Slauson Girl is a writer and journalist from South Central Los Angeles. While in her undergrad she produced a weekly column entitled “Slauson Girl Speaks,” which won 1st-place in a multi-state competition. Her experience as a reporter and editor in college has sparked her love and passion to tell not only her story, but the story of others.
She is currently building and growing her own news platform and hopes to make Slauson Girl a trusted source for independent news and media. Her drive and intent is representation for marginalized communities–including the one she comes from.
Slauson Girl represents the “Ghetto Girl” in inner city America who are left out of mainstream discussion. She hopes to broaden the perspective around girls in the inner city through her branding and writings.
RESPECT.: Where are you from and who is Slauson Girl?
SG: I grew up in South Central, Los Angeles. Slauson Girl is from South Central, Los Angeles and represents the “ghetto girl” in American inner cities who are deemed voiceless by society.
RESPECT: What is important and matters to you the most?
SG: In my lifetime I would love to see disenfranchised communities like the one I come from be able to transform from throw away sections that are wiped away by gentrification–to communities of economic empowerment for residents–after centuries of being exploited by the systems of white supremacy which dominate our society. I am aware of my identity as a Black woman in America and I am always thinking of ways to ensure that I have complete autonomy over my life for all the centuries that my ancestors did not.
This means that becoming a successful entrepreuner and businesswoman is something that is of extreme importance to me.
RESPECT.: Who are your inspirations and motivations?
SG: There are so many people that I draw inspiration from in history as well as locally in my community.
Journalists and writers such as Ida B. Wells who was an investigative journalist and early pioneer in the civil rights struggle, to Sister Souljah, author of the famous book ‘The Coldest Winter Ever.’ Sister Souljah is one of my favorites in history because she is someone as far as identity, that I feel I relate to the most. Imagine this educated, girl from the hood, with big, gold, earrings, a side ponytail and a nose ring firing off facts on national television programs like Phil Donnahue. Yep! That was Sister Souljah.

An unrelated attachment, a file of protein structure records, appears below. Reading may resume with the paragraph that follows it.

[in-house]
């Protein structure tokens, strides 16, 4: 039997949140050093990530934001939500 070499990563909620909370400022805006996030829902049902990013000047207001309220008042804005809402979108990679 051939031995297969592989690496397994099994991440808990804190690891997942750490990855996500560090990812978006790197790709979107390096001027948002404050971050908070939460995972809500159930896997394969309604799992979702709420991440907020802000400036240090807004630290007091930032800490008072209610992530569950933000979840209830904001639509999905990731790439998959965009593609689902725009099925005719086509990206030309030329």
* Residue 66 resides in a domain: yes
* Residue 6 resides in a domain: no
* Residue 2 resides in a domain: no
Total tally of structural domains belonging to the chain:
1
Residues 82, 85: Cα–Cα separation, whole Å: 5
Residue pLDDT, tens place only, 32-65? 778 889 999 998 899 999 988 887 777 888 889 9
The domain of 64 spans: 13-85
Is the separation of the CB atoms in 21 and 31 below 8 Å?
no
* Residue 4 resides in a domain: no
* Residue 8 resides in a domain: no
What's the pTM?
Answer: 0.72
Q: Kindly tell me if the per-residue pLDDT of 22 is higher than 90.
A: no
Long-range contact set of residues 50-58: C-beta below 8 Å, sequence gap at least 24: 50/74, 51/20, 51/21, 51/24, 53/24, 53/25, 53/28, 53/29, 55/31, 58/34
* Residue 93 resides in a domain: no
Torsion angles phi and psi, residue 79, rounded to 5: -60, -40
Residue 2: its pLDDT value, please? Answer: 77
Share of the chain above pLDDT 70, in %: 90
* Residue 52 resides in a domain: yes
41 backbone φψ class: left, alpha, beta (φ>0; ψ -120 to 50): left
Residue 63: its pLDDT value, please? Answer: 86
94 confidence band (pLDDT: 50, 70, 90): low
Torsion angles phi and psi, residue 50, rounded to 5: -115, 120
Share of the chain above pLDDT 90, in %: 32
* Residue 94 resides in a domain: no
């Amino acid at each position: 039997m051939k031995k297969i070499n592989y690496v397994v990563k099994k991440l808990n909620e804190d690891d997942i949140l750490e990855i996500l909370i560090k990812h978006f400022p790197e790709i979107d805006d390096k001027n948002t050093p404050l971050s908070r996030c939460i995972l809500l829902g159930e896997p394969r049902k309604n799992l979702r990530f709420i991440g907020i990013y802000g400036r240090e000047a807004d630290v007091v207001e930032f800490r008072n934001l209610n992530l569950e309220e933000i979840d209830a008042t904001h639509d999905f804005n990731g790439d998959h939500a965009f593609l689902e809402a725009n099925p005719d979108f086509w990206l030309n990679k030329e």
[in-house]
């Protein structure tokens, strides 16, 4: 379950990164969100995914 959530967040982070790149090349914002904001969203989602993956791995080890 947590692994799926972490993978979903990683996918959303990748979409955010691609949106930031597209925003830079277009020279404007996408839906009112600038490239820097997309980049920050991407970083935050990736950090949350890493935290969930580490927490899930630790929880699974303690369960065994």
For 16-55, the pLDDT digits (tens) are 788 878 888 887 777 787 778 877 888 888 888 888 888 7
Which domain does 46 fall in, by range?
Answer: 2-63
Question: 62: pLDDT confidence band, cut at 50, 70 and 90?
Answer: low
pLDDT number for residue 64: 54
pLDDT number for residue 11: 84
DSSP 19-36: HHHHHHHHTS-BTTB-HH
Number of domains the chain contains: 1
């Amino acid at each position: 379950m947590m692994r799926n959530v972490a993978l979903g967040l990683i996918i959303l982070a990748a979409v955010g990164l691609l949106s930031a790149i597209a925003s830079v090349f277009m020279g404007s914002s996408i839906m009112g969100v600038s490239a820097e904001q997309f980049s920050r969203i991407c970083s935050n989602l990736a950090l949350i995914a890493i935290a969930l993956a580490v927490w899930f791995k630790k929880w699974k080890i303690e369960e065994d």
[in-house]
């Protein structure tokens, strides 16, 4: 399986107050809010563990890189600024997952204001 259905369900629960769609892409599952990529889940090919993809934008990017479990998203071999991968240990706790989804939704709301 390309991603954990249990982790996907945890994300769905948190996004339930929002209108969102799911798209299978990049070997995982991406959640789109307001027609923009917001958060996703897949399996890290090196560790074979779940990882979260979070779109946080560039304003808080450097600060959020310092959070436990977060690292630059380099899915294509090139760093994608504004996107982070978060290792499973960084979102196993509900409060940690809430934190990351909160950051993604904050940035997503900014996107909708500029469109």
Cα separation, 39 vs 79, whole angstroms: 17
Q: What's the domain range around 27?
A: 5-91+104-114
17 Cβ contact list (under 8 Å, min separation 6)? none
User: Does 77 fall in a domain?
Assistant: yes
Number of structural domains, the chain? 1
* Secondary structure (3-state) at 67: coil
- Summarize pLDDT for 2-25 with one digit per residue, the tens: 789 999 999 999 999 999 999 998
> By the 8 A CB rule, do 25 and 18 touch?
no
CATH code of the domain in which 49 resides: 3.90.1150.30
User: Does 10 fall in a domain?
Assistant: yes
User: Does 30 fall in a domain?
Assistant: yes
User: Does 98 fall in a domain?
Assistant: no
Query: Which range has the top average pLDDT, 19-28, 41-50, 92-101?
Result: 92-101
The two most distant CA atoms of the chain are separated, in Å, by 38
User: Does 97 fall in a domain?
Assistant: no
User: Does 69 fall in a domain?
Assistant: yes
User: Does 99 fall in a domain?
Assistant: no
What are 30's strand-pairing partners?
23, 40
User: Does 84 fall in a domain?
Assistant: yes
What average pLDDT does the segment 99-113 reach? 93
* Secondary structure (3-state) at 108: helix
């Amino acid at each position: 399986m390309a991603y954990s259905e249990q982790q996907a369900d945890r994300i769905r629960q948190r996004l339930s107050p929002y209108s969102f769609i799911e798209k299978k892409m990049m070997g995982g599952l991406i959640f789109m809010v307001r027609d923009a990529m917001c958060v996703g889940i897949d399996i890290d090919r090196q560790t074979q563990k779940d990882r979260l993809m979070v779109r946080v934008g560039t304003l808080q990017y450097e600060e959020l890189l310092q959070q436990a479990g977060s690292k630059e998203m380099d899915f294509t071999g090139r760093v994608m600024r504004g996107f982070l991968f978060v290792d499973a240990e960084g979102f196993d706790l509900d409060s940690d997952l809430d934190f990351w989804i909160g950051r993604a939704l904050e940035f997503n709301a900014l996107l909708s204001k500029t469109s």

Tiffany Haddish is another person who is very inspiring to me because her journey is a true testimony of a Black girl from South Central, L.A destined for greatness who is just trying to find her footing in the world
Overall, those who believed in their own potential and were able to rise above the confines of their communities. Hip-Hop got me through so much and I respect those who speak truth to power. When I listen to some of my favorite Hip-Hop artists I am able to see my inner city community in a different light and it gave me the language to help me process some of the traumatic experiences I had growing up.
So I am forever grateful for some of my favorite artists like J.Cole, Tupac, Nas, Boogie from Compton and of course Nipsey Hussle.
RESPECT.: When did you first get started in your career with digital media and your podcast?
SG: My interest in journalism began as a writer for my campus newspaper in college. I spent a couple years working for the weekly newspaper. Eventually, I became the Opinion Editor, writing weekly editorials for the newspaper as well as producing an award winning column “Slauson Girl Speaks.”
In college I started a blog to help me process what I was learning in my race in gender studies class as a girl from South Central attending school in a rural, small, white town. The culture shock was a lot to deal with so like many others of my generation, I turned to the internet to see if I could identify with others who were sharing similar thoughts and feelings as myself.